A Homeowners Association is governed by CCRs
April 1, 2013

A homeowners association governs a single-family, planned development made up of lots. Typically, these lots are shown on a plat. The plat will subdivide a larger parcel of real estate into individual lots which are improved and sold. The plat may also include common areas. Typical common areas are entrance features, private roads, walkways, ponds and lakes, pools, tennis courts, clubhouses, and guardhouses. These common areas should be designated as common areas or similar common open spaces on the plat. Generally, it is the association’s responsibility to maintain these common areas pursuant to the terms and provisions of the CCRs. In some cases the plat may also contain such language, as well. Thus, one of the functions of a homeowners association is to maintain common areas that benefit all of the owners in the development. Each of these owners are members of the association and are required to contribute to the maintenance, repair, and replacement of the common area through assessments levied by the association pursuant to the CCRs.

CCRs also contain restrictive covenants. Restrictive covenants can best be described as restrictions on a homeowners use of his or her property which they agree to by their acceptance of a deed to the property. Again, when you buy property bound by restrictive covenants, you are deemed to have accepted the protective covenants that encumber that property, whether you are aware of them or not. The intent behind restrictive covenants is to prohibit certain uses of the property in the development in order to preserve home values. Some protective covenants may seem relatively common sense in today’s world. For example, many ban chicken coops and the raising of farm and commercial animals. Others are more controversial, such as parking restrictions. Some may seem relatively innocuous at first, but prohibit certain uses. For example, a common restrictive covenant is that all homes will be used solely for single-family residential purposes. This covenant precludes certain home businesses like home day care centers. It is always advisable to be aware of any restrictive covenant impacting your property.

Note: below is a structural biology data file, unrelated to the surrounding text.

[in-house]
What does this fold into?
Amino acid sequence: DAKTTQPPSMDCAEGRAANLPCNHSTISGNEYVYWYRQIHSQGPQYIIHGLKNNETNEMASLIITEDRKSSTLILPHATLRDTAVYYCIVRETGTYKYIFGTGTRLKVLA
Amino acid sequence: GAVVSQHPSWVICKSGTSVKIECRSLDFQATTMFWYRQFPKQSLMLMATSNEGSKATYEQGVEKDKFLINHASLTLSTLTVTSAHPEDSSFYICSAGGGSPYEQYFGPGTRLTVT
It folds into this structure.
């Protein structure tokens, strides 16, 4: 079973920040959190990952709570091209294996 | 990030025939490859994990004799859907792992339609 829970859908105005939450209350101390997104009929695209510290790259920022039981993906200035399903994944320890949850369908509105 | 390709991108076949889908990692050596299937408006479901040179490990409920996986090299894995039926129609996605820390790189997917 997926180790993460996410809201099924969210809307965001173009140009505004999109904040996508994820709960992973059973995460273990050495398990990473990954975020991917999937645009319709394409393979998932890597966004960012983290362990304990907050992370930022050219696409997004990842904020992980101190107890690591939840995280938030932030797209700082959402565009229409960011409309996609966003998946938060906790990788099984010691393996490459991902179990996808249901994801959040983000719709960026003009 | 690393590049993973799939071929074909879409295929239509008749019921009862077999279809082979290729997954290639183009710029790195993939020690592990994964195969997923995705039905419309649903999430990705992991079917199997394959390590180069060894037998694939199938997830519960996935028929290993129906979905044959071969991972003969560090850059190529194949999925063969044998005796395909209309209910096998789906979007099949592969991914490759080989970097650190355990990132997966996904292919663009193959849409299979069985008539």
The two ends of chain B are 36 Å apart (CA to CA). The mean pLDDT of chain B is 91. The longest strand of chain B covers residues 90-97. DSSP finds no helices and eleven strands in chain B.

Another form of restrictive covenants found in CCRs are architectural covenants. Architectural covenants prohibit the development or improvement of any lot without the approval of the association, typically through its Architectural Control Committee. The intent of this restriction is to preserve home values by maintaining a certain aesthetic motif in the development.

Through the CCRs the association controls and maintains the common areas and enforces the restrictive and architectural covenants. The association is governed by its members pursuant to its bylaws and charter. The association funds its annual budget through assessments, as provided in the CCRs.


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